And I'm not minimizing those things, but we did commit, my wife and I, just to spend some time in prayer about how we should respond. And I guess I should warn your listeners that maybe we should be careful when we pray, when we say, "God, show us Your heart. Break our hearts for the things that break Your heart."
Jim: That's a big prayer.
Eugene: Give our hearts joy for the things that give Your heart joy. We should put a little asterisk and say, "Warning, warning." And so, we spent some time in prayer, my wife and I did and both of us, separately came with the same conviction and it was very difficult and I need your listeners to give me a little grace here. We both were convicted to give up a year's wages of our salary.
Now we received our share of criticism from people. Why are you sharing about this? And we really wrestled with this about should we make it public or not? But we decided to share this publicly because as God gave us a vision for this organization called One Day's Wages, we really feel it's important that we're not asking people to do something that we're not willing to do on our own.
Now for my wife, God bless Minhee, she was ready to go to give up a year's wages. For me, it took me about three years to come to peace with that.
Jim: It wasn't one day's wages for you; you were gonna give up a full year's wages.
Eugene: Yeah, so, no for our family, no, my wife at that time was a student and so, we have our one income from me as a pastor and full disclosure, you know, my salary as a pastor then was $68,000 a year. And I'm not sure if pastors should say this, but I'm just gonna say it. I like my money and I feel like I worked hard to earn that paycheck. It's the means by which I try to provide for our family.
And so, coming to terms and to peace of giving that up for the purposes of honoring God was really, really hard. And during that time, it meant for our family, simplifying our life. It meant saving as much as we could. It meant selling off stuff that we did not need.
When I turned 37, this is embarrassing, but I had bought myself a mid-life crisis car. I bought a 1991 blue Mazda Miata, that I called "Blue Thunder." (Laughter) Had to sell that off. Our children made a decision together to say, piano lessons and soccer camps were gonna be on hold for a season of our lives. So, it was a family decision.
But after three years, we were still short about $10,000 of coming up with $68,000 a year. And this is where it leads to that funny, crazy story, where in the middle of the night, I knew that we were not going to come up with the entire $68,000 by a certain time that we had identified as the launch of One Day's Wages.
And it was after midnight and [it] was either a convergence of either faith or just stupidity. I'll just say it. And I decided to put an ad on Craig's List. And the ad on Craig's List basically said, "Home for sublet in Seattle. Beautiful home, $10,000," something to that extent. And in my mind, I said to myself, who would pay $10,000 to rent our home for a couple months? And I put that ad up, went to bed and lo and behold, the next morning someone e-mails me and says, "I'm a businessman from the U.K. I just arrived in Seattle. I'm interested in your home. Can I look at your home?" Now mind you, I did not tell my wife.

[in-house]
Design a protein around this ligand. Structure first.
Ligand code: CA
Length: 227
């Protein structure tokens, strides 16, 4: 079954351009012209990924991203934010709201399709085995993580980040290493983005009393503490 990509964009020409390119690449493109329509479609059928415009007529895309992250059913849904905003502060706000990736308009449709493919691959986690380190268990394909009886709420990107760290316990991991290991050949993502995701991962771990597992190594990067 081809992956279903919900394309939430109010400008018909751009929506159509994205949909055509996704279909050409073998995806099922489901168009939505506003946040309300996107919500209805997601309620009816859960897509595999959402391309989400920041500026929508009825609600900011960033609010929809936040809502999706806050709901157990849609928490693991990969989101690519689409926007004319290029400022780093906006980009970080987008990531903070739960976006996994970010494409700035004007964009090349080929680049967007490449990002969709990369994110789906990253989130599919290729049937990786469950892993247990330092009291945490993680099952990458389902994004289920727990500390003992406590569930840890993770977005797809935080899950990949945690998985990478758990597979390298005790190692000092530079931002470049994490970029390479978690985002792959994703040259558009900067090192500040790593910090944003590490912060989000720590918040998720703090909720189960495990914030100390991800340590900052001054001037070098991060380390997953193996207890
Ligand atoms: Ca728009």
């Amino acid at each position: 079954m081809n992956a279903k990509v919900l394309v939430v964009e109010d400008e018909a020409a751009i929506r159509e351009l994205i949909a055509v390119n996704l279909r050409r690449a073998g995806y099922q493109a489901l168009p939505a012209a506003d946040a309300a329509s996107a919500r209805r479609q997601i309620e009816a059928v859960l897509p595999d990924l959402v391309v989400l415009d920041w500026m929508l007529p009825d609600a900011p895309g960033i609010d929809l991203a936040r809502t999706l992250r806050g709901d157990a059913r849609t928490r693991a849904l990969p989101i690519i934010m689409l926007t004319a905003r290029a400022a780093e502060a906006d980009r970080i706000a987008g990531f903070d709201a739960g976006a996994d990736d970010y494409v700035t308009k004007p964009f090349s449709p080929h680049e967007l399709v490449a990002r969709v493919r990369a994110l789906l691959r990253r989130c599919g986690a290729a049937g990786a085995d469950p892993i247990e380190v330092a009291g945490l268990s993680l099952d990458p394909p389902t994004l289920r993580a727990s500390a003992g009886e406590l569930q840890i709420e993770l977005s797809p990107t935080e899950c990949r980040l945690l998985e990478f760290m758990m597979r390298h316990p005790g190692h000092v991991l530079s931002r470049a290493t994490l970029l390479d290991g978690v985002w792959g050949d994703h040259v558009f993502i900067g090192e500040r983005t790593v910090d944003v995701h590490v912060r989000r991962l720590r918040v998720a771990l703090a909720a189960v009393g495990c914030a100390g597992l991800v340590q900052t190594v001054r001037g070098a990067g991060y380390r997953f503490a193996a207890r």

Jim: I know, that's a big (Laughter), we gotta put an emphasis on that. You had not talked to your wife about that. Now come on, Eugene. (Laughing) What happened? Did you just have a mind, you know, moment where you just forgot?
Eugene: You could say that. (Laughter)
Jim: That's the best way to say it, huh?
Eugene: Yes, you could say that.
Jim: Were you afraid to tell Minhee about it?
Eugene: No, I think it came down to this. I said, "Who would pay $10,000—
Jim: You thought it was too ridiculous.
Eugene: --it was too ridiculous. It wasn't worthy of bringing to my wife, if you will.
Jim: Okay, so what happened? You had to tell her. What happened?
Eugene: Well, before I told her, I did show the home (Laughter).
Jim: Did she say, "Why is this stranger from the U.K. in our house?
Eugene: You know, I showed the home when she was not there. (Laughter)
Jim: Oh, man.
John: Convenient, very nice.
Eugene: You know, this episode could easily go to What Not to Do As a Husband 101.
Jim: Now your wife is studying to be a marriage therapist--
Eugene: She was.
Jim: --at this point. This may have been your saving grace.
Eugene: No, my wife was a therapist in Korea and then she was doing school all over again in the United States, because she wanted to practice this conviction of being a marriage therapist here. So, she was in school during that time and I showed the home and again, in my mind I know it's wrong, but in my mind, I said to myself, "I'll show the home because who would pay $10,000 a month to sublet the home for just two months basically?"